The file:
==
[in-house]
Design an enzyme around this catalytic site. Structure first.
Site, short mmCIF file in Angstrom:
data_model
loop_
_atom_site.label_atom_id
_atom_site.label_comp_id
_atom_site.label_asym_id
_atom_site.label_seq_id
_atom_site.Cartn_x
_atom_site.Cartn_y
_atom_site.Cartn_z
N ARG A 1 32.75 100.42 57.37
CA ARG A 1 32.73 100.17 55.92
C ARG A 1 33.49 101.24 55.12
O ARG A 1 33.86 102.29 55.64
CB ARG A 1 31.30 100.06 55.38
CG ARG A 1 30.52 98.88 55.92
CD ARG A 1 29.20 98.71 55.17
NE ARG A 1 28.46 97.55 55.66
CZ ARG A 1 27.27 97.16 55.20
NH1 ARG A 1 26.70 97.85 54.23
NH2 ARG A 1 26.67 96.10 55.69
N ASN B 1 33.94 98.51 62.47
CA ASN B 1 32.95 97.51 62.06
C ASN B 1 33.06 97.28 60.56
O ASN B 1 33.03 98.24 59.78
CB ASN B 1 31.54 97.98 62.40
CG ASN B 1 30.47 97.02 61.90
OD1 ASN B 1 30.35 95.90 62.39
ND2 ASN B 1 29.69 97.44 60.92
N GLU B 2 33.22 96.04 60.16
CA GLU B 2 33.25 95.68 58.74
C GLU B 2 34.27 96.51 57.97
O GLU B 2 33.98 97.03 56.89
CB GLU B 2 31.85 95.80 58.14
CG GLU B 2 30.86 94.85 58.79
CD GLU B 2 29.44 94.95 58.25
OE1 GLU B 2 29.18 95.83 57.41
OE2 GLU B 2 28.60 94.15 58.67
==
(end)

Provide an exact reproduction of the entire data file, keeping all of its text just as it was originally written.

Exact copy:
[in-house]
Design an enzyme around this catalytic site. Structure first.
Site, short mmCIF file in Angstrom:
data_model
loop_
_atom_site.label_atom_id
_atom_site.label_comp_id
_atom_site.label_asym_id
_atom_site.label_seq_id
_atom_site.Cartn_x
_atom_site.Cartn_y
_atom_site.Cartn_z
N ARG A 1 32.75 100.42 57.37
CA ARG A 1 32.73 100.17 55.92
C ARG A 1 33.49 101.24 55.12
O ARG A 1 33.86 102.29 55.64
CB ARG A 1 31.30 100.06 55.38
CG ARG A 1 30.52 98.88 55.92
CD ARG A 1 29.20 98.71 55.17
NE ARG A 1 28.46 97.55 55.66
CZ ARG A 1 27.27 97.16 55.20
NH1 ARG A 1 26.70 97.85 54.23
NH2 ARG A 1 26.67 96.10 55.69
N ASN B 1 33.94 98.51 62.47
CA ASN B 1 32.95 97.51 62.06
C ASN B 1 33.06 97.28 60.56
O ASN B 1 33.03 98.24 59.78
CB ASN B 1 31.54 97.98 62.40
CG ASN B 1 30.47 97.02 61.90
OD1 ASN B 1 30.35 95.90 62.39
ND2 ASN B 1 29.69 97.44 60.92
N GLU B 2 33.22 96.04 60.16
CA GLU B 2 33.25 95.68 58.74
C GLU B 2 34.27 96.51 57.97
O GLU B 2 33.98 97.03 56.89
CB GLU B 2 31.85 95.80 58.14
CG GLU B 2 30.86 94.85 58.79
CD GLU B 2 29.44 94.95 58.25
OE1 GLU B 2 29.18 95.83 57.41
OE2 GLU B 2 28.60 94.15 58.67